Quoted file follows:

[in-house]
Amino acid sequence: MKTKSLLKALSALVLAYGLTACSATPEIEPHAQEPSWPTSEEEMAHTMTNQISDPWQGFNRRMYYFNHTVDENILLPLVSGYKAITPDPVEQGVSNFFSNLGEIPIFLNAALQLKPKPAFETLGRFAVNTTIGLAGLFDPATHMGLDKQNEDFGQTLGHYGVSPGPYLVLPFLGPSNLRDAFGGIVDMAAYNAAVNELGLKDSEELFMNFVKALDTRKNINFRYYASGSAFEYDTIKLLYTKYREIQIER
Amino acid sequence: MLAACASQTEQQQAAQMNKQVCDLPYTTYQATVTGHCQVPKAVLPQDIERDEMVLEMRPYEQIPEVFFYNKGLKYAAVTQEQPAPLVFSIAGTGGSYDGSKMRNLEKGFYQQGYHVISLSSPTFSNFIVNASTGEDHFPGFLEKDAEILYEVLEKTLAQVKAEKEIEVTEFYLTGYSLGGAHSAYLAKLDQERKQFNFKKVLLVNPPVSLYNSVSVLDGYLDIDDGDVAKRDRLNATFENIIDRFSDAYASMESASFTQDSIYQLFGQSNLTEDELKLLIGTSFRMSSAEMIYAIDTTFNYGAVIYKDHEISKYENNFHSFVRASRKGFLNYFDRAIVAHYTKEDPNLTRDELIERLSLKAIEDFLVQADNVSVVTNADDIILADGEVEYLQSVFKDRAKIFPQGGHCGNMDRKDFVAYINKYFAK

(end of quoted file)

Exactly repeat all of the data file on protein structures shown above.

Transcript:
[in-house]
Amino acid sequence: MKTKSLLKALSALVLAYGLTACSATPEIEPHAQEPSWPTSEEEMAHTMTNQISDPWQGFNRRMYYFNHTVDENILLPLVSGYKAITPDPVEQGVSNFFSNLGEIPIFLNAALQLKPKPAFETLGRFAVNTTIGLAGLFDPATHMGLDKQNEDFGQTLGHYGVSPGPYLVLPFLGPSNLRDAFGGIVDMAAYNAAVNELGLKDSEELFMNFVKALDTRKNINFRYYASGSAFEYDTIKLLYTKYREIQIER
Amino acid sequence: MLAACASQTEQQQAAQMNKQVCDLPYTTYQATVTGHCQVPKAVLPQDIERDEMVLEMRPYEQIPEVFFYNKGLKYAAVTQEQPAPLVFSIAGTGGSYDGSKMRNLEKGFYQQGYHVISLSSPTFSNFIVNASTGEDHFPGFLEKDAEILYEVLEKTLAQVKAEKEIEVTEFYLTGYSLGGAHSAYLAKLDQERKQFNFKKVLLVNPPVSLYNSVSVLDGYLDIDDGDVAKRDRLNATFENIIDRFSDAYASMESASFTQDSIYQLFGQSNLTEDELKLLIGTSFRMSSAEMIYAIDTTFNYGAVIYKDHEISKYENNFHSFVRASRKGFLNYFDRAIVAHYTKEDPNLTRDELIERLSLKAIEDFLVQADNVSVVTNADDIILADGEVEYLQSVFKDRAKIFPQGGHCGNMDRKDFVAYINKYFAK